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November 19, 2012

Time for another book report, since I’ve got a couple of things ready to go back to the library this week.

Barbara Hambly’s Blood Maidens is a long-awaited (for me, at least) continuation of a series started back in the late ’80s centered on Oxford don (and spy) James Asher and his somewhat unwilling relationship with vampire Don Simon Ysidro.  These books started back before vampires became the pop culture thing they are now, so they adhere to the traditional mythos – no sparkling, no walking around in daylight (sort of), and silver is inimical to them.  In this book, James is called upon by Simon to help track a missing vampire friend and ends up in St. Petersburg, Russia where a German doctor is apparently trying to create a vaccine of sorts that will allow vampires to “become human” again.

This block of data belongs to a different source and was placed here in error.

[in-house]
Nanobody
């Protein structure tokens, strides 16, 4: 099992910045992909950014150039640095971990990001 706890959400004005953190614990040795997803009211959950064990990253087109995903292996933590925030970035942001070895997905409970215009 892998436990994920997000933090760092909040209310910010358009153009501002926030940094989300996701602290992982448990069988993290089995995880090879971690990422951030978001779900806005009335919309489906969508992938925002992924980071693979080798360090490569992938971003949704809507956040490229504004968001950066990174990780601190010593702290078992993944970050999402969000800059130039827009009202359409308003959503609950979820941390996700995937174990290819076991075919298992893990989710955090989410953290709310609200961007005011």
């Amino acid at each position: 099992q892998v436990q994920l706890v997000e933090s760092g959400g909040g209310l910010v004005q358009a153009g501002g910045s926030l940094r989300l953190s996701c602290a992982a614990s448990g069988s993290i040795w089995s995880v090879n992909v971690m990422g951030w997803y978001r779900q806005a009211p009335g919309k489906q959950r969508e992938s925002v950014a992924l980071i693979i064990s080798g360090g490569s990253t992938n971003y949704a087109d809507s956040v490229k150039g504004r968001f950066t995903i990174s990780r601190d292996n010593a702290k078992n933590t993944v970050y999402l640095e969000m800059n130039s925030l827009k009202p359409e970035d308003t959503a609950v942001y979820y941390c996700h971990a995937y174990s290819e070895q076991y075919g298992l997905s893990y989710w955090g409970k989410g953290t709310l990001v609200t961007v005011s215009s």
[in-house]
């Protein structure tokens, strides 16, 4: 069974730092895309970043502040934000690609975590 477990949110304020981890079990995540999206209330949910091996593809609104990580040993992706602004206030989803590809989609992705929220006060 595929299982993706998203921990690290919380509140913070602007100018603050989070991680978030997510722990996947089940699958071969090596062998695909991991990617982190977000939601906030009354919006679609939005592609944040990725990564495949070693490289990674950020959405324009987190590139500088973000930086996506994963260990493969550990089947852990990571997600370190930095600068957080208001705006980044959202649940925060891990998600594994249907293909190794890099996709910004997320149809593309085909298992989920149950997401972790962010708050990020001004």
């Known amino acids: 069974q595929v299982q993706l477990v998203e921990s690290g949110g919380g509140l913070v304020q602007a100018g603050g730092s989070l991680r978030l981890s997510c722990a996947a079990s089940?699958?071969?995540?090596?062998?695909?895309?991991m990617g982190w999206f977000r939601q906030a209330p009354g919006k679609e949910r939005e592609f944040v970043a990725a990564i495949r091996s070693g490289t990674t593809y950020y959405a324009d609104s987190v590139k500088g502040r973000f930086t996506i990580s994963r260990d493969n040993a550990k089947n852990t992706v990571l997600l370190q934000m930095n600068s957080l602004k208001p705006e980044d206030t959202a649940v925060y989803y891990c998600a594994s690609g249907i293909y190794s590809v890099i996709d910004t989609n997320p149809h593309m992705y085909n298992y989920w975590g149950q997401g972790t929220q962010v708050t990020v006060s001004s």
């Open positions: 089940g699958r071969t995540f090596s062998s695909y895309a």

A Door in the River, featuring Hazel Micallef, is the third novel from Inger Ash Wolfe.  Hazel is the lead detective in the police force of the small town of Port Dundas, Ontario.  A well-loved local store owner is found dead, apparently from a wasp or bee sting, and Hazel senses a mystery is afoot.  In the process she uncovers a local underground (literally) casino that also houses a group of young women from Eastern Europe who have turned into sex slaves whose services are bid upon by the patrons of the casino.  Hazel is a brash figure who dislikes going by the book and is being threatened by the younger management of the police force and the changes being brought to her department, but she manages to make her way through the difficulties of work and life with her elderly mother nonetheless.

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